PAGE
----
- So, if you too are considering an outing ... select a place like the Shedd -- somewhere that feels safe in your book. The aquarium was very organized: You chose a time, in advance, to come in with your group; you pre-paid online; hopefully you made it in while your window was still open (because they warned that you could be turned away otherwise); and there were capacity limits, as well. Masks were enforced, obviously; families used elevators one party at a time; there was ample hand sanitizer available and dining areas were closed. We were more than OK with all of that!
- Some of the responsibility is still on you. There was just one room or area, I think, that felt a little too crowded and congested. So, we waited on that space, and I think we came back 20 minutes later. Social distancing didn’t seem to be much of an issue otherwise, but the responsibility still falls on you and your family. It can be hard, with seemingly a million kids running around. But it was a good reminder: I’m sure it’ll be this way moving forward, at baseball games and even the grocery store. Know your limits and what you’re OK with.
- The changes didn’t impact the fun. I’m not sure about your kids -- I’m sure this depends on age and other factors -- but my children are pretty adaptable. They’re young, and they listen reasonably well, but truly, masks didn’t affect the joy that they experienced at the aquarium. My son’s too young for school and my daughter mostly attends virtually, so they’re not used to wearing face masks in an everyday setting, like some kids. But my husband and I told them these were the rules, at least, they were at the aquarium, and there was no further negotiation. They ran around happily in them the whole time. Could adults please be this flexible? Speaking of that ...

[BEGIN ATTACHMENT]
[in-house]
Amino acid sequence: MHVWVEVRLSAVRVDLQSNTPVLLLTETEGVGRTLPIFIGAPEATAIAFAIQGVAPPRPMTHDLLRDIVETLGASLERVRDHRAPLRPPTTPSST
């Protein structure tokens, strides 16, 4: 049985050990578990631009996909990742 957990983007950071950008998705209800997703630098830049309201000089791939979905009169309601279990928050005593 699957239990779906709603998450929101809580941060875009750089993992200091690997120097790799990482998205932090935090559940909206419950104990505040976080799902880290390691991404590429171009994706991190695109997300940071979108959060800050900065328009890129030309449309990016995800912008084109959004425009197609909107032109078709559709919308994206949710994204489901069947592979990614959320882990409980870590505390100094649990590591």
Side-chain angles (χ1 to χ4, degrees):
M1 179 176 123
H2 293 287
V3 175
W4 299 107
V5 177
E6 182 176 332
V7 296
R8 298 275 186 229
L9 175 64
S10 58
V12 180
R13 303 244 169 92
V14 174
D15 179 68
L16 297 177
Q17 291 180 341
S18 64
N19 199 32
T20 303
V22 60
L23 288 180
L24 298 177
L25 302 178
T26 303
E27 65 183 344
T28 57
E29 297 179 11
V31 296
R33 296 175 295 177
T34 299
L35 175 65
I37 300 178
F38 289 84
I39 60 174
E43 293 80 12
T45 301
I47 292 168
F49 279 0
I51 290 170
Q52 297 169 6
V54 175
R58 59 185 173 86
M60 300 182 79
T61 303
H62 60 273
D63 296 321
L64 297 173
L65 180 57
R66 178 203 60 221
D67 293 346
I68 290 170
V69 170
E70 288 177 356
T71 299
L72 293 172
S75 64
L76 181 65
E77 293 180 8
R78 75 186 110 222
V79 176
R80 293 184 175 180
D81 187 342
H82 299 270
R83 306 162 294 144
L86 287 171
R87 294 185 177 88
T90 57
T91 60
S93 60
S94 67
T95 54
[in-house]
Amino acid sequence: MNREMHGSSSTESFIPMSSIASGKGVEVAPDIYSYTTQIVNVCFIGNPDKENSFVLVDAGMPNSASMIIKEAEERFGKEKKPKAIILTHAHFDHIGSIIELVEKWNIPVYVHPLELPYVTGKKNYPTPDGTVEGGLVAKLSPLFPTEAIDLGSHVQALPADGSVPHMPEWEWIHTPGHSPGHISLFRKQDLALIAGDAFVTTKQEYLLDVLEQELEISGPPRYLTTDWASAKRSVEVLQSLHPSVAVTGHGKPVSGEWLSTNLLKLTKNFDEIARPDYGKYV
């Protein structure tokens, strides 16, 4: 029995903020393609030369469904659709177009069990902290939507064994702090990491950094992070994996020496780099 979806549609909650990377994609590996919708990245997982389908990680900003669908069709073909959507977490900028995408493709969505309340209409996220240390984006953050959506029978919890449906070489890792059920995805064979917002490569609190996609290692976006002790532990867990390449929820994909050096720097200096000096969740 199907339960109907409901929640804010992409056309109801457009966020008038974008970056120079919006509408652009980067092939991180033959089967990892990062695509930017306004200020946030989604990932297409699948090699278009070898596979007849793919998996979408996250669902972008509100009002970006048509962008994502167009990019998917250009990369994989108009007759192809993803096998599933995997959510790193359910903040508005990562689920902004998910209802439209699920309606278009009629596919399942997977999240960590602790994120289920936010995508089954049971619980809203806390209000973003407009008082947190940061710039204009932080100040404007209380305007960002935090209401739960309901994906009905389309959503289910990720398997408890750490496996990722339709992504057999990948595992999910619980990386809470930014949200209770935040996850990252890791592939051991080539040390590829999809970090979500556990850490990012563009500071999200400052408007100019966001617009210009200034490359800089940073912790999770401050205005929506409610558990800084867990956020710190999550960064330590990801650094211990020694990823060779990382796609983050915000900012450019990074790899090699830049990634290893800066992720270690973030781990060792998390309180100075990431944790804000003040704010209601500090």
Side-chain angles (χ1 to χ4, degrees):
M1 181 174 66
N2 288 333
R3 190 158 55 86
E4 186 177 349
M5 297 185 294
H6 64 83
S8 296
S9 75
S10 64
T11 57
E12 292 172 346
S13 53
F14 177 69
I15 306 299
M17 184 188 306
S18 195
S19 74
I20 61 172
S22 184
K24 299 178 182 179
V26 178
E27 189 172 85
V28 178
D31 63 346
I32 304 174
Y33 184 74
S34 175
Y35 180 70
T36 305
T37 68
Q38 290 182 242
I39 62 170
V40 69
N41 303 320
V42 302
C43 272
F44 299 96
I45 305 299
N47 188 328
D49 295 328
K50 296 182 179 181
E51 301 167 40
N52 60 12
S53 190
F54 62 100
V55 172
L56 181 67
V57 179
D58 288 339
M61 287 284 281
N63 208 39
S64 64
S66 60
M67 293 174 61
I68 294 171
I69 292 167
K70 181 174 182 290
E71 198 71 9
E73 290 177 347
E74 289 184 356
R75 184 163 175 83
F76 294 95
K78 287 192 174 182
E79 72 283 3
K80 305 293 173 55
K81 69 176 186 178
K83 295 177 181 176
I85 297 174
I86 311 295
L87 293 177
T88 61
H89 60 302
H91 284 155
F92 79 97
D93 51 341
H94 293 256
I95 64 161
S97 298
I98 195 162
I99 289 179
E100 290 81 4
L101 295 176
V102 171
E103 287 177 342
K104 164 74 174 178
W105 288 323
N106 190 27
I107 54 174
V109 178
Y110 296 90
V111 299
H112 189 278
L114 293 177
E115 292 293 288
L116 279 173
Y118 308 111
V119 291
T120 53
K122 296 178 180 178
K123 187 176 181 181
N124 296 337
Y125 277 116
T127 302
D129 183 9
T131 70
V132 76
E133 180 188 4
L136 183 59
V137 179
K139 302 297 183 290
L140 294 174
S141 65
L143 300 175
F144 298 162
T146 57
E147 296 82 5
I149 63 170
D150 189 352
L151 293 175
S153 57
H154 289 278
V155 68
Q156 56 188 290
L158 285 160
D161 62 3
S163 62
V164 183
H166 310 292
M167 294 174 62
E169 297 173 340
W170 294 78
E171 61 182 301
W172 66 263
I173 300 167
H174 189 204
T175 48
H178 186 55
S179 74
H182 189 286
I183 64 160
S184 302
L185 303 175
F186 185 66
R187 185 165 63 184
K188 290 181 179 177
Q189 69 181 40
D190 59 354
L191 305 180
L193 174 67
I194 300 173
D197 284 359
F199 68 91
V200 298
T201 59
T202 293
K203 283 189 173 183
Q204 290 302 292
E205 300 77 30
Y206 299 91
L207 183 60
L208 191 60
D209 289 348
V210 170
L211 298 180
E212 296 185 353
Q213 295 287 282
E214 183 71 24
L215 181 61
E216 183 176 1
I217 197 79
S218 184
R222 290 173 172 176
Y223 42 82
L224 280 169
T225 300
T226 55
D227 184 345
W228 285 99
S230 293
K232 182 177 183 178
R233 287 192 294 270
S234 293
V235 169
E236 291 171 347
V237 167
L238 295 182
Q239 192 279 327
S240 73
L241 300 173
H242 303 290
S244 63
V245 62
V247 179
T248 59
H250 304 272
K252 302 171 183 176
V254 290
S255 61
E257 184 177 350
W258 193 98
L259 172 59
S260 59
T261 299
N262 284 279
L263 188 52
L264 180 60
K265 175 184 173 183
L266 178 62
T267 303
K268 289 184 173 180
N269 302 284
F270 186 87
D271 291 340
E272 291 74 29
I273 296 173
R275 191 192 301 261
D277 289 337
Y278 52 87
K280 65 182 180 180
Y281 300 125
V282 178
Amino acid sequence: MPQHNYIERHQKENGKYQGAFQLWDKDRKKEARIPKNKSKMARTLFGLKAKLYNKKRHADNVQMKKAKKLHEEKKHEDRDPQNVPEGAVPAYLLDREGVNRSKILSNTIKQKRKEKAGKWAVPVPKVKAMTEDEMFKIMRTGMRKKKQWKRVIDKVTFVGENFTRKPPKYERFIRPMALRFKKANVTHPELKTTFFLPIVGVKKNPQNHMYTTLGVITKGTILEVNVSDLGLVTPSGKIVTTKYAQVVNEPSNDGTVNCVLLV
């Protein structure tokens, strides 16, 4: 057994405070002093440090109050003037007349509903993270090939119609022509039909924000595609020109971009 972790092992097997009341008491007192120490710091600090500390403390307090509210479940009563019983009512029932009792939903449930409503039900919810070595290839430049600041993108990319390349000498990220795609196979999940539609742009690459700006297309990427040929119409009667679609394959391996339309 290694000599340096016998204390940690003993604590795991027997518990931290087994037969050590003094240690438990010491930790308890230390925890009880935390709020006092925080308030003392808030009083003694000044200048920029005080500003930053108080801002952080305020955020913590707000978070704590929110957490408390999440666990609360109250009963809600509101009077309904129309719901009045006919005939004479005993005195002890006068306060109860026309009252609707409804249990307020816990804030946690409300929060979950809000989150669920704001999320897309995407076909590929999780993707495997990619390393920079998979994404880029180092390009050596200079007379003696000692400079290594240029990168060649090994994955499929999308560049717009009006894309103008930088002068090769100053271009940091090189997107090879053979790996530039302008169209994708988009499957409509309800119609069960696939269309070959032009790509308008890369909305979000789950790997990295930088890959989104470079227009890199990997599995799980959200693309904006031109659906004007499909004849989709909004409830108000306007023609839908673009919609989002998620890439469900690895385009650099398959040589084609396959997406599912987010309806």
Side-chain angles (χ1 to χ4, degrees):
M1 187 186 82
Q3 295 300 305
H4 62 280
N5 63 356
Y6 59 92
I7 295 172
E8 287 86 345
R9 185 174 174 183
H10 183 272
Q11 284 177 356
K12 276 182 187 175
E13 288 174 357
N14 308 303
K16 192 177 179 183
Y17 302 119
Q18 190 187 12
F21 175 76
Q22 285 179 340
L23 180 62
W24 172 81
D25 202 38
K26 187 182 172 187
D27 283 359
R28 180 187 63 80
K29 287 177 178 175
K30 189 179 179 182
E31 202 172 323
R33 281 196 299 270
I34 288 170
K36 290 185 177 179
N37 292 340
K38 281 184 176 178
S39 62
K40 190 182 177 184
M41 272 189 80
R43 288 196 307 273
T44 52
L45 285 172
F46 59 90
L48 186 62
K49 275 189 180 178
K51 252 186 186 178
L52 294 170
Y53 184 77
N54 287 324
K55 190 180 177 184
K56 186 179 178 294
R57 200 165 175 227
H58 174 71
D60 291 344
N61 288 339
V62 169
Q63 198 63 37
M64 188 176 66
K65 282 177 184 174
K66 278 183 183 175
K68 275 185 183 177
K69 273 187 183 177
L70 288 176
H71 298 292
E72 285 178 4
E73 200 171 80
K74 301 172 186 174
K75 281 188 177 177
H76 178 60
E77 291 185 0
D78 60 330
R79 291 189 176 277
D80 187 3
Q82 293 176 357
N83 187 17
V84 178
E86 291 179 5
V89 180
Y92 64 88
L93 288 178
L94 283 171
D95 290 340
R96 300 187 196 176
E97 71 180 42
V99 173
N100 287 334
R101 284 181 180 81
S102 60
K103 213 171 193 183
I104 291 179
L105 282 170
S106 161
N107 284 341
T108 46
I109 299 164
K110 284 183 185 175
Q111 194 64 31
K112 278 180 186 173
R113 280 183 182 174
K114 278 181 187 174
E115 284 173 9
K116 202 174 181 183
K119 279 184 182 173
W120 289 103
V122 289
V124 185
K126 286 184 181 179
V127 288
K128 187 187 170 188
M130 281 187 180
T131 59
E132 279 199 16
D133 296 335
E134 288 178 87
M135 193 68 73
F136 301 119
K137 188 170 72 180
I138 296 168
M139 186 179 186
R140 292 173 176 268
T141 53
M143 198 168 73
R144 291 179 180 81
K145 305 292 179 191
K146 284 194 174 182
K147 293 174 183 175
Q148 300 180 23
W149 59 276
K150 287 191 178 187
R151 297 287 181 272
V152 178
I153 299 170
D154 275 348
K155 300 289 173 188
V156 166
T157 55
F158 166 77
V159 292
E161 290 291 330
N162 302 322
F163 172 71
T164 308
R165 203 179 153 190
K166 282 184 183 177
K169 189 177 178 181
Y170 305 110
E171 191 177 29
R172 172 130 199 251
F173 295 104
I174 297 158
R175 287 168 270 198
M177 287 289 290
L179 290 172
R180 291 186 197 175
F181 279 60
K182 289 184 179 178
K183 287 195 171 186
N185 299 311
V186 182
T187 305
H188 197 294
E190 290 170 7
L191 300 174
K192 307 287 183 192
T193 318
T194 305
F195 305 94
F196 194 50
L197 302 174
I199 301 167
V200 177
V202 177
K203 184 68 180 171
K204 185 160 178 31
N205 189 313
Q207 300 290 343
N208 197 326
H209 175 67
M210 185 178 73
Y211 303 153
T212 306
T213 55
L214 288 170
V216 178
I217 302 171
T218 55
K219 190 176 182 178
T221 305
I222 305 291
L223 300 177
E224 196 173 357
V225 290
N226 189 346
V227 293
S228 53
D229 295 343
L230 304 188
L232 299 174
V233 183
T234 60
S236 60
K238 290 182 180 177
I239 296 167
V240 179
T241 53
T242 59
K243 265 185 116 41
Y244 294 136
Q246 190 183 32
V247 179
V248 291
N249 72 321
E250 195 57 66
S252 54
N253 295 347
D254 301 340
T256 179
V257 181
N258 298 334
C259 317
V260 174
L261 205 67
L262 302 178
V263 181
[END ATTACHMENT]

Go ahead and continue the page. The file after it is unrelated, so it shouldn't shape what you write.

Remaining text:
- You might need to be adaptable, too. We’re all probably sick of hearing phrases like “new normal,” but really -- this might be our reality for quite some time. If you’re ready to venture out, or you’re thinking about it, just give up the idea that it’s going to be some version of the event or place that you have in your head from two years ago. Places have changed. Protocols are different now. I was slightly bummed to find that an exhibit or two had been closed (I think just temporarily), but I had to remind myself how much businesses and outings have been altered. And heck, I’m not even sure if the closures were pandemic-related or not. I’m sure aquariums and zoos have things temporarily unavailable all the time. Don’t set yourself up with an unrealistic expectation. Go into the experience like, “this will be great!” rather than pretending we never had a pandemic.